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Canadians grossly underestimate their alcohol consumption, study says

Bartender adding the finishing touch to a cocktail.

Sam Ryley/Thinkstock

It turns out Canadians lowball the amount of alcohol they drink by up to a whopping 75 per cent, especially when it comes to wine.

A study by the Centre for Addictions Research at the University of Victoria said that's a problem because surveys of alcohol consumption are crucial to estimating disease and injury caused by people's favourite recreational drug.

The centre's director, Tim Stockwell, said it's easier for society to ignore the risks associated with alcohol consumption when policies are based on a gross underestimation of how much people actually drink.

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The study, published in the journal Addiction, found that Canadians under the age of 24 are most likely to underreport how much alcohol they drink, and there's no difference in the amounts of lowballing by men and women.

Data included in the study are from the first three years of daily Health Canada phone surveys of 45,000 people across the country between 2008 and 2012.

Canadians were asked what type of alcohol and how many drinks they'd had over the last week, the last month, the last year and the day before – a question that provided the most accurate information based on memory, said Prof. Stockwell, who is also a psychology professor at UVic.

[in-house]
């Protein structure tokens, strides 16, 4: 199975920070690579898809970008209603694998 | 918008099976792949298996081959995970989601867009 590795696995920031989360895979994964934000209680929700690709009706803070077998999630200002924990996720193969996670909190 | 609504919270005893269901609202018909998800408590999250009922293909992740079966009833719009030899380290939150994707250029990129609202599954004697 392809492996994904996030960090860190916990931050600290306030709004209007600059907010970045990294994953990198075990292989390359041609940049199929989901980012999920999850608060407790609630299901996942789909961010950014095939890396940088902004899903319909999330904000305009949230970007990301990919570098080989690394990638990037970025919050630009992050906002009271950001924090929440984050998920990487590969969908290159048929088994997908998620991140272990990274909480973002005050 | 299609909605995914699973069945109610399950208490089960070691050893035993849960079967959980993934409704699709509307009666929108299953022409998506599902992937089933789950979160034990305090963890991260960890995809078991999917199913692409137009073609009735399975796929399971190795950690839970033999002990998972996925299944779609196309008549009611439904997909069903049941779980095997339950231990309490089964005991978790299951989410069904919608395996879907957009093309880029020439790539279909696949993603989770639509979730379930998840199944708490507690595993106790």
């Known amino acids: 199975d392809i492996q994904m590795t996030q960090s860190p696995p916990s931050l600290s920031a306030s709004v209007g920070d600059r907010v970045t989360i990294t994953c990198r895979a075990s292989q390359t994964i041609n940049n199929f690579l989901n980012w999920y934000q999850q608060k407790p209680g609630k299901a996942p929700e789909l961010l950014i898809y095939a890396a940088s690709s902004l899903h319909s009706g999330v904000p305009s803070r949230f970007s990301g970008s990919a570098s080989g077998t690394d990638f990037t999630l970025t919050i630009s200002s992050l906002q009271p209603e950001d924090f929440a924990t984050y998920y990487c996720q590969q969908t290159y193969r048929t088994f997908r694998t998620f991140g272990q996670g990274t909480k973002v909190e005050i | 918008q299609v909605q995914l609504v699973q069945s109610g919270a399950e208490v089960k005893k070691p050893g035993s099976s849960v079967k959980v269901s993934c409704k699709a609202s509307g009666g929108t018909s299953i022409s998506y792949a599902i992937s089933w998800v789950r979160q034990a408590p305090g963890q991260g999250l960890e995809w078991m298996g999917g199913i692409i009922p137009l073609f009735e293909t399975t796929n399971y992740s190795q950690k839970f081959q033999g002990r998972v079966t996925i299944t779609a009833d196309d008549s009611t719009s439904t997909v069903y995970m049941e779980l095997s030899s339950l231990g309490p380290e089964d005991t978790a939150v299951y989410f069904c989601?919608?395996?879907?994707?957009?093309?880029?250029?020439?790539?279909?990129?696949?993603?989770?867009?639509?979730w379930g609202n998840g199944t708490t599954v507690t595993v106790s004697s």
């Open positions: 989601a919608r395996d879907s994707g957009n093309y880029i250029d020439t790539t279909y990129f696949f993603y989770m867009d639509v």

He said the results showed people reported only about one-third of their consumption when the amounts were compared with how much alcohol was actually sold every year – 8.2 litres of pure alcohol a person aged 15 and over.

That amounts to 480 bottles of beer, 91 bottles of wine or 27 bottles of spirits, Prof. Stockwell said.

Canadians in the North are likely to drink an average of 13 litres or more, and residents in Eastern Canada drink the least compared to national figures – possibly because of the price of alcohol, he said.

The study suggested respondents who reported drinking once a month, on average, were likely to have consumed alcohol twice a month. People who said they drank once a week actually partook twice, and respondents who said they imbibed every day in a week consumed alcohol six times.

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National low-risk guidelines in Canada recommend women have no more than two drinks a day, or 10 a week, and that men consume no more than three a day, or 15 drinks a week.

Prof. Stockwell said wine drinkers were more likely to underreport their consumption, possibly because unlike beer in a bottle or can, the size of a drink of wine is not fixed.

"People have their wine topped up so it's very hard to keep track of it." Unlike in other countries, including Britain, Australia and New Zealand, labels on bottles of alcohol in Canada, and the United States, don't include the number of standard drinks, making it hard to gauge how much guzzling is going on.

"So Canadians generally have a very poor, misty idea of how much they drink," Prof. Stockwell said.

The study results could lead to better policies regarding alcohol, which he said causes about 10 times more harm compared with illicit drugs.

Gerald Thomas, an alcohol researcher associated with the Canadian Centre on Substance Abuse in Ottawa, said the study results show that while there is often a focus on alcoholics, there should also be more of a recognition about people who overdrink, often leading to health risks and violence.

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